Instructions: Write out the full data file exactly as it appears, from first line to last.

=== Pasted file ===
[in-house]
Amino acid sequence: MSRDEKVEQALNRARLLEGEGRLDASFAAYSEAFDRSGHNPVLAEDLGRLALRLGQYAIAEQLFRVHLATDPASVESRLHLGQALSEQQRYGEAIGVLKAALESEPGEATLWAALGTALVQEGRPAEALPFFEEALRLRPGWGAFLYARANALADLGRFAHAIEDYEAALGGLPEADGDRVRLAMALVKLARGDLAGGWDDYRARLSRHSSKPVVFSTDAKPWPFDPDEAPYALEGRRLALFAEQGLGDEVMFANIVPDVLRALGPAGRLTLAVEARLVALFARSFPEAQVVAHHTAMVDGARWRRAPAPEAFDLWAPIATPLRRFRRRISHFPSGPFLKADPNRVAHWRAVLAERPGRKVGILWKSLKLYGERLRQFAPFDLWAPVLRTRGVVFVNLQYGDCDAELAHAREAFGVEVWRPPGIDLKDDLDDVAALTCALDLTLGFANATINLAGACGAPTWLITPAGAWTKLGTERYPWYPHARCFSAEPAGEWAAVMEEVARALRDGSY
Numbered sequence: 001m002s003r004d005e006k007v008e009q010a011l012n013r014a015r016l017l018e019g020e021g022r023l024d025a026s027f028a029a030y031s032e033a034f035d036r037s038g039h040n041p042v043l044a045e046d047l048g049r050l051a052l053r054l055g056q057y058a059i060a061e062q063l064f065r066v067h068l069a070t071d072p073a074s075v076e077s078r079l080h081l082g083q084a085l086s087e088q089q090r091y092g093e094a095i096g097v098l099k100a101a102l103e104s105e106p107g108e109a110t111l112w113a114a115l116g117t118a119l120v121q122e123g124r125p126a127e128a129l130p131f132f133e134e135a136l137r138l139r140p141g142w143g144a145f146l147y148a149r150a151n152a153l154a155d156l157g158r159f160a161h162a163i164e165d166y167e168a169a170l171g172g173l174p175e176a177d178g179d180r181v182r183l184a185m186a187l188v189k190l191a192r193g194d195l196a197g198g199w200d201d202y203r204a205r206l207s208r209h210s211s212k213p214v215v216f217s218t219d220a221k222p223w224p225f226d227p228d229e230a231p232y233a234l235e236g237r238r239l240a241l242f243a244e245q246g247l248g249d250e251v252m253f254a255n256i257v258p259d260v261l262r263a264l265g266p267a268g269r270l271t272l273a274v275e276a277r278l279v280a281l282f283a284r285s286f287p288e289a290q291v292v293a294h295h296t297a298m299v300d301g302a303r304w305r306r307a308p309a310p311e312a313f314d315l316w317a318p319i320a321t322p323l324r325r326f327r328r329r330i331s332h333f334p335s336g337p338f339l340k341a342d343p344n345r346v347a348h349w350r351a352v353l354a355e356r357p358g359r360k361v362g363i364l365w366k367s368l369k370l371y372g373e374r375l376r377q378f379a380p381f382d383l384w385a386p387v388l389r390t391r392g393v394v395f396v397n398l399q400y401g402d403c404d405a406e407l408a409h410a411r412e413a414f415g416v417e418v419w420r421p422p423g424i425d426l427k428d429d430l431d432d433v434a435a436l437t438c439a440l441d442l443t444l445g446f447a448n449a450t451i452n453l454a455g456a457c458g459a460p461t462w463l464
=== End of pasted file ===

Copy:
[in-house]
Amino acid sequence: MSRDEKVEQALNRARLLEGEGRLDASFAAYSEAFDRSGHNPVLAEDLGRLALRLGQYAIAEQLFRVHLATDPASVESRLHLGQALSEQQRYGEAIGVLKAALESEPGEATLWAALGTALVQEGRPAEALPFFEEALRLRPGWGAFLYARANALADLGRFAHAIEDYEAALGGLPEADGDRVRLAMALVKLARGDLAGGWDDYRARLSRHSSKPVVFSTDAKPWPFDPDEAPYALEGRRLALFAEQGLGDEVMFANIVPDVLRALGPAGRLTLAVEARLVALFARSFPEAQVVAHHTAMVDGARWRRAPAPEAFDLWAPIATPLRRFRRRISHFPSGPFLKADPNRVAHWRAVLAERPGRKVGILWKSLKLYGERLRQFAPFDLWAPVLRTRGVVFVNLQYGDCDAELAHAREAFGVEVWRPPGIDLKDDLDDVAALTCALDLTLGFANATINLAGACGAPTWLITPAGAWTKLGTERYPWYPHARCFSAEPAGEWAAVMEEVARALRDGSY
Numbered sequence: 001m002s003r004d005e006k007v008e009q010a011l012n013r014a015r016l017l018e019g020e021g022r023l024d025a026s027f028a029a030y031s032e033a034f035d036r037s038g039h040n041p042v043l044a045e046d047l048g049r050l051a052l053r054l055g056q057y058a059i060a061e062q063l064f065r066v067h068l069a070t071d072p073a074s075v076e077s078r079l080h081l082g083q084a085l086s087e088q089q090r091y092g093e094a095i096g097v098l099k100a101a102l103e104s105e106p107g108e109a110t111l112w113a114a115l116g117t118a119l120v121q122e123g124r125p126a127e128a129l130p131f132f133e134e135a136l137r138l139r140p141g142w143g144a145f146l147y148a149r150a151n152a153l154a155d156l157g158r159f160a161h162a163i164e165d166y167e168a169a170l171g172g173l174p175e176a177d178g179d180r181v182r183l184a185m186a187l188v189k190l191a192r193g194d195l196a197g198g199w200d201d202y203r204a205r206l207s208r209h210s211s212k213p214v215v216f217s218t219d220a221k222p223w224p225f226d227p228d229e230a231p232y233a234l235e236g237r238r239l240a241l242f243a244e245q246g247l248g249d250e251v252m253f254a255n256i257v258p259d260v261l262r263a264l265g266p267a268g269r270l271t272l273a274v275e276a277r278l279v280a281l282f283a284r285s286f287p288e289a290q291v292v293a294h295h296t297a298m299v300d301g302a303r304w305r306r307a308p309a310p311e312a313f314d315l316w317a318p319i320a321t322p323l324r325r326f327r328r329r330i331s332h333f334p335s336g337p338f339l340k341a342d343p344n345r346v347a348h349w350r351a352v353l354a355e356r357p358g359r360k361v362g363i364l365w366k367s368l369k370l371y372g373e374r375l376r377q378f379a380p381f382d383l384w385a386p387v388l389r390t391r392g393v394v395f396v397n398l399q400y401g402d403c404d405a406e407l408a409h410a411r412e413a414f415g416v417e418v419w420r421p422p423g424i425d426l427k428d429d430l431d432d433v434a435a436l437t438c439a440l441d442l443t444l445g446f447a448n449a450t451i452n453l454a455g456a457c458g459a460p461t462w463l464